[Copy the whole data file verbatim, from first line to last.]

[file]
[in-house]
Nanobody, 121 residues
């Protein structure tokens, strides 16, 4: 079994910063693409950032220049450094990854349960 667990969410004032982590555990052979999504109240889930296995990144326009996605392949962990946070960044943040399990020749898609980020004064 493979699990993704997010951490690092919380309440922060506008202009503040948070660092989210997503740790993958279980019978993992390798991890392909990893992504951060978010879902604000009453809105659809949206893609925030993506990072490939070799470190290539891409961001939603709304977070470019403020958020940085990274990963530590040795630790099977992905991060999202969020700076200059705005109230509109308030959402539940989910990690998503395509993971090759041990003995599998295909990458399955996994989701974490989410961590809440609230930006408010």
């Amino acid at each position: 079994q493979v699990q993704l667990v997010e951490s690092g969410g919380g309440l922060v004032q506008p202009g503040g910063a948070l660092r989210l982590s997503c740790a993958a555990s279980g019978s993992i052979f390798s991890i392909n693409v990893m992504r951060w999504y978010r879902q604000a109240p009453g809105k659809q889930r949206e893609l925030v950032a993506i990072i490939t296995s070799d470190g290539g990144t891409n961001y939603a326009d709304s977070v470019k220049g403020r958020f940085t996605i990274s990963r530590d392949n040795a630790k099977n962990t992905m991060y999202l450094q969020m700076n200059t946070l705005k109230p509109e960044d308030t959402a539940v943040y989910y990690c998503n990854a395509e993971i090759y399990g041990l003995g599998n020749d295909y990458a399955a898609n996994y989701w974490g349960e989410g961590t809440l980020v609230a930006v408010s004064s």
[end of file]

[in-house]
Nanobody, 121 residues
């Protein structure tokens, strides 16, 4: 079994910063693409950032220049450094990854349960 667990969410004032982590555990052979999504109240889930296995990144326009996605392949962990946070960044943040399990020749898609980020004064 493979699990993704997010951490690092919380309440922060506008202009503040948070660092989210997503740790993958279980019978993992390798991890392909990893992504951060978010879902604000009453809105659809949206893609925030993506990072490939070799470190290539891409961001939603709304977070470019403020958020940085990274990963530590040795630790099977992905991060999202969020700076200059705005109230509109308030959402539940989910990690998503395509993971090759041990003995599998295909990458399955996994989701974490989410961590809440609230930006408010």
């Amino acid at each position: 079994q493979v699990q993704l667990v997010e951490s690092g969410g919380g309440l922060v004032q506008p202009g503040g910063a948070l660092r989210l982590s997503c740790a993958a555990s279980g019978s993992i052979f390798s991890i392909n693409v990893m992504r951060w999504y978010r879902q604000a109240p009453g809105k659809q889930r949206e893609l925030v950032a993506i990072i490939t296995s070799d470190g290539g990144t891409n961001y939603a326009d709304s977070v470019k220049g403020r958020f940085t996605i990274s990963r530590d392949n040795a630790k099977n962990t992905m991060y999202l450094q969020m700076n200059t946070l705005k109230p509109e960044d308030t959402a539940v943040y989910y990690c998503n990854a395509e993971i090759y399990g041990l003995g599998n020749d295909y990458a399955a898609n996994y989701w974490g349960e989410g961590t809440l980020v609230a930006v408010s004064s």